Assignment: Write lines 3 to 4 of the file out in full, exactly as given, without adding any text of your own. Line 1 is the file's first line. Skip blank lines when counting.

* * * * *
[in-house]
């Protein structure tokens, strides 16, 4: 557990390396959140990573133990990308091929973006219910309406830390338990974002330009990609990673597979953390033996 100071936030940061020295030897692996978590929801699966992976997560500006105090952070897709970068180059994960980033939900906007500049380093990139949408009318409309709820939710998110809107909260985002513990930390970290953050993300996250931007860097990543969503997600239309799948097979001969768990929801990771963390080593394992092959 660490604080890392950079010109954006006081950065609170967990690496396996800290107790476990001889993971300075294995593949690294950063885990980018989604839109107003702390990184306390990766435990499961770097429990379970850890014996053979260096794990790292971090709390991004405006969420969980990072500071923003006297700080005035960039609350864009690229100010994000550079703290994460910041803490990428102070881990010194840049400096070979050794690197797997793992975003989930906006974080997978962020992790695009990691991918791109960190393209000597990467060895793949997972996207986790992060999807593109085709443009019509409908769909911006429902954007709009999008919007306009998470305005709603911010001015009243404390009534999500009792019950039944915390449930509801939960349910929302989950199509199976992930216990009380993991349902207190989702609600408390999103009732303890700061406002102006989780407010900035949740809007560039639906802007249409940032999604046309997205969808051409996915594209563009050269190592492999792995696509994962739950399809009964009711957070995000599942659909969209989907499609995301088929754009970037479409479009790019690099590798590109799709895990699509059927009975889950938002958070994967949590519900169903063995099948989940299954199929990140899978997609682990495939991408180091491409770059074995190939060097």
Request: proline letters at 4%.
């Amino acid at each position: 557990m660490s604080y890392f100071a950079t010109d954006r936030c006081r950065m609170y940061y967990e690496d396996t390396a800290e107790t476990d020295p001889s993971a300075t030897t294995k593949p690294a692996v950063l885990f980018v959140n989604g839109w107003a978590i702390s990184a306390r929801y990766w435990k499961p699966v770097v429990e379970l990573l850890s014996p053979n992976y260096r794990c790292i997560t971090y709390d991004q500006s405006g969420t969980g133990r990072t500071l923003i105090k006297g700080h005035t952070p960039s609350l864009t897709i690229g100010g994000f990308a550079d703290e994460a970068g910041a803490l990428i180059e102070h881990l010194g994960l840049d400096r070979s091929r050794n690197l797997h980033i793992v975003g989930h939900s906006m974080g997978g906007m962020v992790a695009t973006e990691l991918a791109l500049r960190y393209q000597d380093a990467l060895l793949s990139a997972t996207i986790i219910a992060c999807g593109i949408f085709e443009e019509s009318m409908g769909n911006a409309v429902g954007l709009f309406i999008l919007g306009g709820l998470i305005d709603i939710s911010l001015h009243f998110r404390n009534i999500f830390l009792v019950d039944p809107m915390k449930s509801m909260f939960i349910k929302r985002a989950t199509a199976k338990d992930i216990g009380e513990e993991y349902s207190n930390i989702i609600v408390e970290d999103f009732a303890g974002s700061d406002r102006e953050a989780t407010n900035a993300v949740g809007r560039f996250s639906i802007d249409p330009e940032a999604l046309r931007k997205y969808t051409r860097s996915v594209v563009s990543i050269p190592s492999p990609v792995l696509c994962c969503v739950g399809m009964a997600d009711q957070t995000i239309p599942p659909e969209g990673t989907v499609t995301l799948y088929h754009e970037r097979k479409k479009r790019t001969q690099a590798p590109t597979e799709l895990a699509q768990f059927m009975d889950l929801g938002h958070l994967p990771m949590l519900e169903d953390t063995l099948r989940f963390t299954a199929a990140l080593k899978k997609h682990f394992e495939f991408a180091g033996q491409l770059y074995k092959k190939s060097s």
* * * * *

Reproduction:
Request: proline letters at 4%.
């Amino acid at each position: 557990m660490s604080y890392f100071a950079t010109d954006r936030c006081r950065m609170y940061y967990e690496d396996t390396a800290e107790t476990d020295p001889s993971a300075t030897t294995k593949p690294a692996v950063l885990f980018v959140n989604g839109w107003a978590i702390s990184a306390r929801y990766w435990k499961p699966v770097v429990e379970l990573l850890s014996p053979n992976y260096r794990c790292i997560t971090y709390d991004q500006s405006g969420t969980g133990r990072t500071l923003i105090k006297g700080h005035t952070p960039s609350l864009t897709i690229g100010g994000f990308a550079d703290e994460a970068g910041a803490l990428i180059e102070h881990l010194g994960l840049d400096r070979s091929r050794n690197l797997h980033i793992v975003g989930h939900s906006m974080g997978g906007m962020v992790a695009t973006e990691l991918a791109l500049r960190y393209q000597d380093a990467l060895l793949s990139a997972t996207i986790i219910a992060c999807g593109i949408f085709e443009e019509s009318m409908g769909n911006a409309v429902g954007l709009f309406i999008l919007g306009g709820l998470i305005d709603i939710s911010l001015h009243f998110r404390n009534i999500f830390l009792v019950d039944p809107m915390k449930s509801m909260f939960i349910k929302r985002a989950t199509a199976k338990d992930i216990g009380e513990e993991y349902s207190n930390i989702i609600v408390e970290d999103f009732a303890g974002s700061d406002r102006e953050a989780t407010n900035a993300v949740g809007r560039f996250s639906i802007d249409p330009e940032a999604l046309r931007k997205y969808t051409r860097s996915v594209v563009s990543i050269p190592s492999p990609v792995l696509c994962c969503v739950g399809m009964a997600d009711q957070t995000i239309p599942p659909e969209g990673t989907v499609t995301l799948y088929h754009e970037r097979k479409k479009r790019t001969q690099a590798p590109t597979e799709l895990a699509q768990f059927m009975d889950l929801g938002h958070l994967p990771m949590l519900e169903d953390t063995l099948r989940f963390t299954a199929a990140l080593k899978k997609h682990f394992e495939f991408a180091g033996q491409l770059y074995k092959k190939s060097s």